SPSC screening test challenged in court

Petitioner asks for third parties to conduct screening

​ Our Correspondent February 21, 2020
Sindh High Court : PHOTO: EXPRESS

HYDERABAD: The conduct of the screening test by the Sindh Public Service Commission (SPSC) to fill lecturer posts in government colleges has been challenged in the Sindh High Court (SHC).

Petitioner Sandeep Kumar Maheshwari, a candidate for the test, also challenged the commission’s plan to shortlist the candidates who qualified the written test for interviews.

According to the petitioner, the vacancies of 1,500 BPS-17 lecturers were advertised on November 24, 2019, requiring at least second-class postgraduate degrees for eligibility. The advertisement stated that the candidates would be considered for interviews following shortlisting after the written test, as per SPSC recruitment regulations.

“This [shortlisting] is discrimination,” argued Maheshwari’s lawyer in court, citing the SHC’s judgments in earlier petitions that third parties such as the National Testing Service (NTS) or Institute of Business Administration (IBA), Sukkur, should conduct the screening.

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“The SPSC is violating the orders by holding the screening test itself,” the lawyer contended. The petitioner maintained that nepotism and corruption would play a role in the appointment of a large number of lecturers if the SPSC alone conducted all the tests.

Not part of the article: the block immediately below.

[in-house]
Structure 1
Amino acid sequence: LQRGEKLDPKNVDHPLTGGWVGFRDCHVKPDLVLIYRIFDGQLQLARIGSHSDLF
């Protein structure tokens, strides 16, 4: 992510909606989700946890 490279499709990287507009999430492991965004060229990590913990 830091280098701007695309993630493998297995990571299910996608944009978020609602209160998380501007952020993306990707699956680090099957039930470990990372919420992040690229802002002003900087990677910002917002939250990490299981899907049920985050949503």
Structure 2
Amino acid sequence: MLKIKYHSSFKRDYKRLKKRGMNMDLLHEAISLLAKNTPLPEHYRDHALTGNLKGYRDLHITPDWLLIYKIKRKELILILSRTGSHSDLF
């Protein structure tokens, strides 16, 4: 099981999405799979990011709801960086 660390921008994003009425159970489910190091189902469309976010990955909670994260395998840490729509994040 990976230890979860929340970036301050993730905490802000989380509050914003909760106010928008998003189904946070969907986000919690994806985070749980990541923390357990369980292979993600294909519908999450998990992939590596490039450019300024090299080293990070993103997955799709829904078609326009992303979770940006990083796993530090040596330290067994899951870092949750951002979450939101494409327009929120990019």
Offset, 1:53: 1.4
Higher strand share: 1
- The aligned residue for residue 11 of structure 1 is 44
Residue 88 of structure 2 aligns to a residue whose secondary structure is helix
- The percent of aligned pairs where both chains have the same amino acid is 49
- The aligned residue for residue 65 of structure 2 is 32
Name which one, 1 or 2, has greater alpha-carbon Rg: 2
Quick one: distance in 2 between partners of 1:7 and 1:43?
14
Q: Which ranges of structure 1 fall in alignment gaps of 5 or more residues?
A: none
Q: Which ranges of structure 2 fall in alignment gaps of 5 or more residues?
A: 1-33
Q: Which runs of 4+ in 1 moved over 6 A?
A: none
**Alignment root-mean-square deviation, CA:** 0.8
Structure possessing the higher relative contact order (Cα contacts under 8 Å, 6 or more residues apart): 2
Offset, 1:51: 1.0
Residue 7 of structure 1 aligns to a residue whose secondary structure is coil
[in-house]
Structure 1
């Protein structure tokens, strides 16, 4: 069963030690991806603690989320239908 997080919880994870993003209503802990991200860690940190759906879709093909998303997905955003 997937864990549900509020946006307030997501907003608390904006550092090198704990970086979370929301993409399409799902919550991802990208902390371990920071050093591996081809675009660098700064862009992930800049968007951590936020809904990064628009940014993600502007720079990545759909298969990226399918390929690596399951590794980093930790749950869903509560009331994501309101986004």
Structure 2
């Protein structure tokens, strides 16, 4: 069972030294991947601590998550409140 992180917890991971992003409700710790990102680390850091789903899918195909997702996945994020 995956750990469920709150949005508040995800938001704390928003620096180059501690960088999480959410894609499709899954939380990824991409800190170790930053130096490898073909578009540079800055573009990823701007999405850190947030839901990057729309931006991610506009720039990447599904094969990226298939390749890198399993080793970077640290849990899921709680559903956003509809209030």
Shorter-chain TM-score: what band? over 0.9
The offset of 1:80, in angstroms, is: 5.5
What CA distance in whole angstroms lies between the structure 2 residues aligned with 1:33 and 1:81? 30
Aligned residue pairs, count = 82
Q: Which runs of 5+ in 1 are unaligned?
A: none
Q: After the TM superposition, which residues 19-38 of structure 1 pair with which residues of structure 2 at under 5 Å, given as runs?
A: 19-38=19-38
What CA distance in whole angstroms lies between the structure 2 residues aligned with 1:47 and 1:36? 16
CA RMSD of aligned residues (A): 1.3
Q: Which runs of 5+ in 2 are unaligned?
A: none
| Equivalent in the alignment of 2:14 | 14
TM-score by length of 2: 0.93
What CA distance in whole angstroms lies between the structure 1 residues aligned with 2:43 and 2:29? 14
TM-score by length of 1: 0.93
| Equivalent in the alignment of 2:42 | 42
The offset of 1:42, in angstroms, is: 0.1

Maheshwari also questioned the SPSC’s capability to hold timely tests, pointing out that tests for education department vacancies announced on February 22, 2019, had still not been held. He further alleged that a screening test conducted by the SPSC for the Combined Competitive Exams on January 5 contained erroneous questions.

The petitioner prayed the court to order the SPSC to engage either the NTS or IBA Sukkur to conduct the screening. He also pleaded the court to declare the SPSC’s January 23 notification, telling candidates that tests would commence in early March, a violation of court orders.

Maheshwari further urged the court to direct the SPSC to conduct interviews of all candidates qualifying the written test, rather than selectively shortlisting from them.

Putting the commission on notice to submit its reply, the bench adjourned the hearing for three weeks.

Published in The Express Tribune, February 21st, 2020.


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